“Almost everything we know so far about PAH toxicity is based on giving animals high doses of the compounds and then seeing what happens,” Williams said. “No one before this has ever been able to study these probable carcinogens at normal dietary levels and then see how they move through the body and are changed by various biological processes.”

The technology allowing this to happen is a new application of accelerator mass spectrometry, which as a biological tracking tool is extraordinarily more sensitive than something like radioactivity measuring. Scientists can measure PAH levels in blood down to infinitesimal ratios – comparable to a single drop of water in 4,000 Olympic swimming pools, or to a one-inch increment on a 3-billion mile measuring tape.

As a result, microdoses of a compound, even less than one might find in a normal diet or environmental exposure, can be traced as they are processed by humans. The implications are profound.

“Knowing how people metabolize PAHs may verify a number of animal and cell studies, as well as provide a better understanding of how PAHs work, identifying their mechanism or mechanisms of action,” said Bill Suk, director of the NIEHS Superfund Research Program.

One PAH compound studied in this research, dibenzo (def,p)-chrysene, is fairly potent and defined as a probable human carcinogen. It was administered to volunteers in the study in a capsule equivalent to the level of PAH found in a 5-ounce serving of smoked meat, which provided about 28 percent of the average daily dietary PAH intake. There was a fairly rapid takeup of the compound, reaching a peak metabolic level within about two hours, and then rapid elimination. The researchers were able to study not only the parent compound but also individual metabolites as it was changed.

“Part of what’s so interesting is that we’re able to administer possible carcinogens to people in scientific research and then study the results,” Williams said. “By conventional scientific ethics, that simply would not be allowed. But from a different perspective, we’re not giving these people toxins, we’re giving them dinner. That’s how much PAHs are a part of our everyday lives, and for once we’re able to study these compounds at normal levels of human exposure.”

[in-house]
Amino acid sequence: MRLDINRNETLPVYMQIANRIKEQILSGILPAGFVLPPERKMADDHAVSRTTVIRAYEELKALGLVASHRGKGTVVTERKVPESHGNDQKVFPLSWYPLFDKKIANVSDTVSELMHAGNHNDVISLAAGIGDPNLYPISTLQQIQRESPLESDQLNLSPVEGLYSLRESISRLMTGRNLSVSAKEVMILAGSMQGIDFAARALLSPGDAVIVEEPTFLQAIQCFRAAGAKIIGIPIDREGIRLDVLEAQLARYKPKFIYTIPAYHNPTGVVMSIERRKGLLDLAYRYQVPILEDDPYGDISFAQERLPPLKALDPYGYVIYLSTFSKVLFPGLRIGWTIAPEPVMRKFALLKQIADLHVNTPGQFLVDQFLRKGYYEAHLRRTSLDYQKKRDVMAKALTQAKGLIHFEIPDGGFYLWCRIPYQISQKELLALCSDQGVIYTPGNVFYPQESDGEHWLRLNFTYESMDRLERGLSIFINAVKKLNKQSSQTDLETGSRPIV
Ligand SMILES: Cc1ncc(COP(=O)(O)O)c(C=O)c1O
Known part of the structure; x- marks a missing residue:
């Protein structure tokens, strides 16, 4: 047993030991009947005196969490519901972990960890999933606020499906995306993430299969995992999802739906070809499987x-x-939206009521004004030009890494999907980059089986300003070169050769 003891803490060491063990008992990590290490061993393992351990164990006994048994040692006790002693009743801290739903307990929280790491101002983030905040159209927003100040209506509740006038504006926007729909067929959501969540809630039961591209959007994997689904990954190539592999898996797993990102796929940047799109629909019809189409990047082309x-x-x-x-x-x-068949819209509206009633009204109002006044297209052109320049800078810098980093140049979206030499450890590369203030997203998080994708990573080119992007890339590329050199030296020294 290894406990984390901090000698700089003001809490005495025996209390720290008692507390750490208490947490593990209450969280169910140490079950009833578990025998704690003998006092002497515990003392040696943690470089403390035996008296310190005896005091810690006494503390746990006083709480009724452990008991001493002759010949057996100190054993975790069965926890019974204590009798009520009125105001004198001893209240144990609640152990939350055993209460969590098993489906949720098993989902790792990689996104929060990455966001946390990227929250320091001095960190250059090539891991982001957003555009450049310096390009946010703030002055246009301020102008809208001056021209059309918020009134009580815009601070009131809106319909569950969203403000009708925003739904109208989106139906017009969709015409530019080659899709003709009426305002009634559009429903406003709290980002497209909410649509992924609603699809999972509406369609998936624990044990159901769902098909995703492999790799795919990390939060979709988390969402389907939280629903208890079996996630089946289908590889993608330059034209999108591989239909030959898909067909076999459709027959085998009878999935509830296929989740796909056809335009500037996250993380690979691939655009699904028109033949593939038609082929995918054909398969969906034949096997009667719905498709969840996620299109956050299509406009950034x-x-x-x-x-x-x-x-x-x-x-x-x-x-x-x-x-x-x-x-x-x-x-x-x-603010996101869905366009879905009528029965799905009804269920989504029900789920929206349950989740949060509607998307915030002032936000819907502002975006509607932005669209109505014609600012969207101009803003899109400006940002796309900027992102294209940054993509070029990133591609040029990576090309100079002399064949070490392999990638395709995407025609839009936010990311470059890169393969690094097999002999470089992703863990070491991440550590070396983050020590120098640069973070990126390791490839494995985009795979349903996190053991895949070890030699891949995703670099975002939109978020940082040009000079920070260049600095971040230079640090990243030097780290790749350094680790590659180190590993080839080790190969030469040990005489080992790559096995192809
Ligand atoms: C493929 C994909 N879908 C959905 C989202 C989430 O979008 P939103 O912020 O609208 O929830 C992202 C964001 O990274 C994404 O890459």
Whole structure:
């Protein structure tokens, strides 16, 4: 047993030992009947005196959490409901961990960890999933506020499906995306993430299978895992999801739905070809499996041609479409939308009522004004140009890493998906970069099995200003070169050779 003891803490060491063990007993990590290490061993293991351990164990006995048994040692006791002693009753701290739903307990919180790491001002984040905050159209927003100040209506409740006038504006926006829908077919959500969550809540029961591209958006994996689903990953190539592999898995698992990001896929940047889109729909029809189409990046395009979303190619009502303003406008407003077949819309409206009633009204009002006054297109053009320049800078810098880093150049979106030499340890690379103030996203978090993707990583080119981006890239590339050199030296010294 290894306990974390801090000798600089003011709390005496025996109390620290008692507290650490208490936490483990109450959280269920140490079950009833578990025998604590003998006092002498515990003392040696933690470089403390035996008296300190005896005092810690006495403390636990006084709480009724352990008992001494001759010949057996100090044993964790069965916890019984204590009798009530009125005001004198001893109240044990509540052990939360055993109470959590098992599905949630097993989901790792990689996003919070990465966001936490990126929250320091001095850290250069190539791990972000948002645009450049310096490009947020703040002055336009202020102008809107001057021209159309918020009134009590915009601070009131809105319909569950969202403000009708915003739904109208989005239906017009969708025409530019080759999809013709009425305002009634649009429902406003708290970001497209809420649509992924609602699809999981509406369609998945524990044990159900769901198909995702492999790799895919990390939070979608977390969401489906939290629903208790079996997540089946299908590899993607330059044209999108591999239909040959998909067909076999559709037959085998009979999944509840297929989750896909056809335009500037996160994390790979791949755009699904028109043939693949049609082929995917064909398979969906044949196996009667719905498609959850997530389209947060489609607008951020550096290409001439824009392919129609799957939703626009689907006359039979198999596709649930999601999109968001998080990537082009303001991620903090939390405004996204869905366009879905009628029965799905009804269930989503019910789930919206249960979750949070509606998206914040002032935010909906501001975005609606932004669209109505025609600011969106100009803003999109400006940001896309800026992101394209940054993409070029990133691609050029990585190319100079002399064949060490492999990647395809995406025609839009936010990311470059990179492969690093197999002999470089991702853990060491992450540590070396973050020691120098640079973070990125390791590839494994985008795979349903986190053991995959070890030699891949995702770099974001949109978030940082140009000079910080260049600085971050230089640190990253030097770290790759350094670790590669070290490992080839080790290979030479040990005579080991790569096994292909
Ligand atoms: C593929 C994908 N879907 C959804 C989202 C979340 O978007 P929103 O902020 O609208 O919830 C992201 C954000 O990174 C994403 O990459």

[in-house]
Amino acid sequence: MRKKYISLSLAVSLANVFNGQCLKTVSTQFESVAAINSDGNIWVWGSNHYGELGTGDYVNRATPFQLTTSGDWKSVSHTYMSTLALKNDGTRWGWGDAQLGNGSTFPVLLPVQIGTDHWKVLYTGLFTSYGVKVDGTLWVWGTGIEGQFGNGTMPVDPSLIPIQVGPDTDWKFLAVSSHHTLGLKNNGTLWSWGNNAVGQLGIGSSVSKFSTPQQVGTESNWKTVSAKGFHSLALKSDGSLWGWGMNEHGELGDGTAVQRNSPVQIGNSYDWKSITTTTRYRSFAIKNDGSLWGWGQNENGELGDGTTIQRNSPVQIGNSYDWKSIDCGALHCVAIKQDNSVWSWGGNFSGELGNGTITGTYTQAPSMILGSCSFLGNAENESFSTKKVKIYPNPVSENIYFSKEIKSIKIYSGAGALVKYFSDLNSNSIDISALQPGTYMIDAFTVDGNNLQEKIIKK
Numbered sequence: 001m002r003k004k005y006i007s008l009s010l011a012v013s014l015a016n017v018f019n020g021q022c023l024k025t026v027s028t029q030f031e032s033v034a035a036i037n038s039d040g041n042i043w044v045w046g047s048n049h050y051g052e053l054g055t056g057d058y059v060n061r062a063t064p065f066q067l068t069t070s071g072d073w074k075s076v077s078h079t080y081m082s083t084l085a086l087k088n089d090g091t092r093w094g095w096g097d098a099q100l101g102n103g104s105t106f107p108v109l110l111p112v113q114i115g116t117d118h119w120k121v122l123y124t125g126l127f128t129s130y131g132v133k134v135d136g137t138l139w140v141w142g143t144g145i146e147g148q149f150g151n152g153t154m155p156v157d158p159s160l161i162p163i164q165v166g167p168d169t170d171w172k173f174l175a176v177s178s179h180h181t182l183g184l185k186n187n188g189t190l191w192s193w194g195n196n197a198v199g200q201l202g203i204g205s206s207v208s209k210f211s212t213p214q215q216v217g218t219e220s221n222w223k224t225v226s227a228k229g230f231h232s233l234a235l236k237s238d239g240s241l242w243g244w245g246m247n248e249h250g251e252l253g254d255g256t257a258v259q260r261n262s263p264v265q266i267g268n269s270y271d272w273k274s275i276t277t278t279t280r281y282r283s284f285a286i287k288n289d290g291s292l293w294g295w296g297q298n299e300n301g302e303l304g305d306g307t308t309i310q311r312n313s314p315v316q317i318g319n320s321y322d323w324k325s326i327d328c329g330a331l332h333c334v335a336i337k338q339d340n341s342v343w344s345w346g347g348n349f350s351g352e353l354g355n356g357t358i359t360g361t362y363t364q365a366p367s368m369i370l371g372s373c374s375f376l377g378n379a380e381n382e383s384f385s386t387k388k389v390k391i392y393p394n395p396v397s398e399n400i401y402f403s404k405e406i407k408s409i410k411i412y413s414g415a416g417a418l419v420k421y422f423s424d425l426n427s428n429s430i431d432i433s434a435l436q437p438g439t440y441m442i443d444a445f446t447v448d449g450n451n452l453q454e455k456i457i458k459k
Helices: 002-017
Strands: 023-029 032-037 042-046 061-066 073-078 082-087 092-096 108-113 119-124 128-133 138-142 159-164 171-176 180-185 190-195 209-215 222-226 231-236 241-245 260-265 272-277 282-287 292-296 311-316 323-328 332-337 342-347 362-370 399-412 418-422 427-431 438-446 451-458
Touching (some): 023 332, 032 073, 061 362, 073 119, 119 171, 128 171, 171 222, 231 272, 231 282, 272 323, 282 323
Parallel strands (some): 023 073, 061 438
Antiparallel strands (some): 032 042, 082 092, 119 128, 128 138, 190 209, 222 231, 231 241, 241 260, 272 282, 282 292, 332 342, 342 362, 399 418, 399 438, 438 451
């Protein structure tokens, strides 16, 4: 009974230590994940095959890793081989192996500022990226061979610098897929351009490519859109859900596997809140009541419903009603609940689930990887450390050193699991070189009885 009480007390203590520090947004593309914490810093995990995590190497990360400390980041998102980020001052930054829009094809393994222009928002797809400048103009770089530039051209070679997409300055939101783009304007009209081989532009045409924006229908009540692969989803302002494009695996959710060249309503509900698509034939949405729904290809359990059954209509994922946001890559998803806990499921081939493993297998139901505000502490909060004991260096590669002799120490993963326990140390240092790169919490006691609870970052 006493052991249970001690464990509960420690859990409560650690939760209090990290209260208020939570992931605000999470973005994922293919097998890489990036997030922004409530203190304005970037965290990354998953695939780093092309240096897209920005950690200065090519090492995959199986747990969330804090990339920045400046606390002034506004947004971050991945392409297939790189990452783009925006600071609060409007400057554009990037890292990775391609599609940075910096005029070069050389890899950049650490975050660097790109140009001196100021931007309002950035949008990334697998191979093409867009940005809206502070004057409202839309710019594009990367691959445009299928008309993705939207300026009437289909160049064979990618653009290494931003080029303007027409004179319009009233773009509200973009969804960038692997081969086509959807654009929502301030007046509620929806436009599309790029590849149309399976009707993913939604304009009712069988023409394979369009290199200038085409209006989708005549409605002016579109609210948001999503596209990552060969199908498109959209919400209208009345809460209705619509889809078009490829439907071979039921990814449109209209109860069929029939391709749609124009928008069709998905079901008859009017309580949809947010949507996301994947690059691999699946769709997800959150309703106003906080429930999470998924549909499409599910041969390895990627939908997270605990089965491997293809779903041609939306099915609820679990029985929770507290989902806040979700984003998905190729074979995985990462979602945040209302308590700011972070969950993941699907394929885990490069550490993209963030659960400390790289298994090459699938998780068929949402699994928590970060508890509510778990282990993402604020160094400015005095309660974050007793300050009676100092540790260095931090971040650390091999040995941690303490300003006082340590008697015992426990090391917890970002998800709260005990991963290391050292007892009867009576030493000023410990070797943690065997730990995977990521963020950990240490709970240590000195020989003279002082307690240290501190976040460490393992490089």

What a scientist might see as a carcinogen, in other words, is what most of us would see as a nice grilled steak. There are many unexpected forms of PAH exposure. The compounds are found in polluted air, cigarettes, and smoked food, of course, but also in cereal grains, potatoes and at surprisingly high levels in leafy green vegetables.

“It’s clear from our research that PAHs can be toxic, but it’s also clear that there’s more to the equation than just the source of the PAH,” Williams said. “We get most of the more toxic PAHs from our food, rather than inhalation. And some fairly high doses can come from foods like leafy vegetables that we know to be healthy. That’s why we need a better understanding of what’s going on in the human body as these compounds are processed.”

The Williams-led OSU laboratory is recruiting volunteers for a follow-up study that will also employ smoked salmon as a source of a PAH mixture and relate results to an individual’s genetic makeup.

Some of the early findings from the study actually back up previous research fairly well, Williams said, which was done with high-dose studies in laboratory animals. It’s possible, he said, that exposure to dietary PAHs over a lifetime may turn out to be less of a health risk that previously believed at normal levels of exposure, but more work will need to be done with this technology before such conclusions could be reached.

Collaborators on the study were from the Pacific Northwest National Laboratory, Lawrence Livermore National Laboratory, and the OSU Environmental Health Sciences Center.

“Further development and application of this technology could have a major impact in the arena of human environmental health,” the researchers wrote in their conclusion.